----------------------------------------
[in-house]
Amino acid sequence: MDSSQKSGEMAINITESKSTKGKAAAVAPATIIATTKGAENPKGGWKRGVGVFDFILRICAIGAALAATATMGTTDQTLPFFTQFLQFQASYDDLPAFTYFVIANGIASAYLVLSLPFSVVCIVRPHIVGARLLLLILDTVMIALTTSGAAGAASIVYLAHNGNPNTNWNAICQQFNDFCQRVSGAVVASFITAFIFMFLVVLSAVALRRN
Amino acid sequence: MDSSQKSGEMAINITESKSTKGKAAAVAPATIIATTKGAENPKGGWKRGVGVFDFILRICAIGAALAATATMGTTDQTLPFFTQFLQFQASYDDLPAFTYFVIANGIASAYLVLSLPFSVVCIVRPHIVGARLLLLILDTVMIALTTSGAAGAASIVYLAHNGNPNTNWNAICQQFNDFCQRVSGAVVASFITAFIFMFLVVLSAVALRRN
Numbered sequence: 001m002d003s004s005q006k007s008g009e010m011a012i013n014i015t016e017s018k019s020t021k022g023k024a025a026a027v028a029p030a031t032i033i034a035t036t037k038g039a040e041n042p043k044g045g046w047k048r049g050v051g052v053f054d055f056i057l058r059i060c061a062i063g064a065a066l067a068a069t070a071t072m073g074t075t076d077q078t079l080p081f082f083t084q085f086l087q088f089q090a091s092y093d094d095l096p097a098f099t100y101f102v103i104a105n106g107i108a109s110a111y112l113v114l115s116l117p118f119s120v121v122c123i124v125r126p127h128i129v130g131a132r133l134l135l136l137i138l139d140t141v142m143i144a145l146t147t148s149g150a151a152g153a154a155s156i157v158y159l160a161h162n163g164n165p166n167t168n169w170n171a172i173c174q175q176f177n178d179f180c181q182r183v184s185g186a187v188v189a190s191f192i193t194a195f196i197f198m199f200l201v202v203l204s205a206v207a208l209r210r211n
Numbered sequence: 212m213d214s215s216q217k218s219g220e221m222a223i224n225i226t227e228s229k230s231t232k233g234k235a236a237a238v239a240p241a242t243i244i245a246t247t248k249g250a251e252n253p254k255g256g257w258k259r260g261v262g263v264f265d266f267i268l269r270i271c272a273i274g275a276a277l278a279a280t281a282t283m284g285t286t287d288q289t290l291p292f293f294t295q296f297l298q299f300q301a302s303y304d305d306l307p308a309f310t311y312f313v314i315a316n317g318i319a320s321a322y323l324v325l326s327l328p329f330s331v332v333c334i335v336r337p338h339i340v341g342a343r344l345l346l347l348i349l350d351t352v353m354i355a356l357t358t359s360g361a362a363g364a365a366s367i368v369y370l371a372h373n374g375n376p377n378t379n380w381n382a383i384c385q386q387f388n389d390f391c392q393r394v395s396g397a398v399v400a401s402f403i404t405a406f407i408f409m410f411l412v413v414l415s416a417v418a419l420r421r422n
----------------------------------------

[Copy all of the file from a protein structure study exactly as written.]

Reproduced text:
[in-house]
Amino acid sequence: MDSSQKSGEMAINITESKSTKGKAAAVAPATIIATTKGAENPKGGWKRGVGVFDFILRICAIGAALAATATMGTTDQTLPFFTQFLQFQASYDDLPAFTYFVIANGIASAYLVLSLPFSVVCIVRPHIVGARLLLLILDTVMIALTTSGAAGAASIVYLAHNGNPNTNWNAICQQFNDFCQRVSGAVVASFITAFIFMFLVVLSAVALRRN
Amino acid sequence: MDSSQKSGEMAINITESKSTKGKAAAVAPATIIATTKGAENPKGGWKRGVGVFDFILRICAIGAALAATATMGTTDQTLPFFTQFLQFQASYDDLPAFTYFVIANGIASAYLVLSLPFSVVCIVRPHIVGARLLLLILDTVMIALTTSGAAGAASIVYLAHNGNPNTNWNAICQQFNDFCQRVSGAVVASFITAFIFMFLVVLSAVALRRN
Numbered sequence: 001m002d003s004s005q006k007s008g009e010m011a012i013n014i015t016e017s018k019s020t021k022g023k024a025a026a027v028a029p030a031t032i033i034a035t036t037k038g039a040e041n042p043k044g045g046w047k048r049g050v051g052v053f054d055f056i057l058r059i060c061a062i063g064a065a066l067a068a069t070a071t072m073g074t075t076d077q078t079l080p081f082f083t084q085f086l087q088f089q090a091s092y093d094d095l096p097a098f099t100y101f102v103i104a105n106g107i108a109s110a111y112l113v114l115s116l117p118f119s120v121v122c123i124v125r126p127h128i129v130g131a132r133l134l135l136l137i138l139d140t141v142m143i144a145l146t147t148s149g150a151a152g153a154a155s156i157v158y159l160a161h162n163g164n165p166n167t168n169w170n171a172i173c174q175q176f177n178d179f180c181q182r183v184s185g186a187v188v189a190s191f192i193t194a195f196i197f198m199f200l201v202v203l204s205a206v207a208l209r210r211n
Numbered sequence: 212m213d214s215s216q217k218s219g220e221m222a223i224n225i226t227e228s229k230s231t232k233g234k235a236a237a238v239a240p241a242t243i244i245a246t247t248k249g250a251e252n253p254k255g256g257w258k259r260g261v262g263v264f265d266f267i268l269r270i271c272a273i274g275a276a277l278a279a280t281a282t283m284g285t286t287d288q289t290l291p292f293f294t295q296f297l298q299f300q301a302s303y304d305d306l307p308a309f310t311y312f313v314i315a316n317g318i319a320s321a322y323l324v325l326s327l328p329f330s331v332v333c334i335v336r337p338h339i340v341g342a343r344l345l346l347l348i349l350d351t352v353m354i355a356l357t358t359s360g361a362a363g364a365a366s367i368v369y370l371a372h373n374g375n376p377n378t379n380w381n382a383i384c385q386q387f388n389d390f391c392q393r394v395s396g397a398v399v400a401s402f403i404t405a406f407i408f409m410f411l412v413v414l415s416a417v418a419l420r421r422n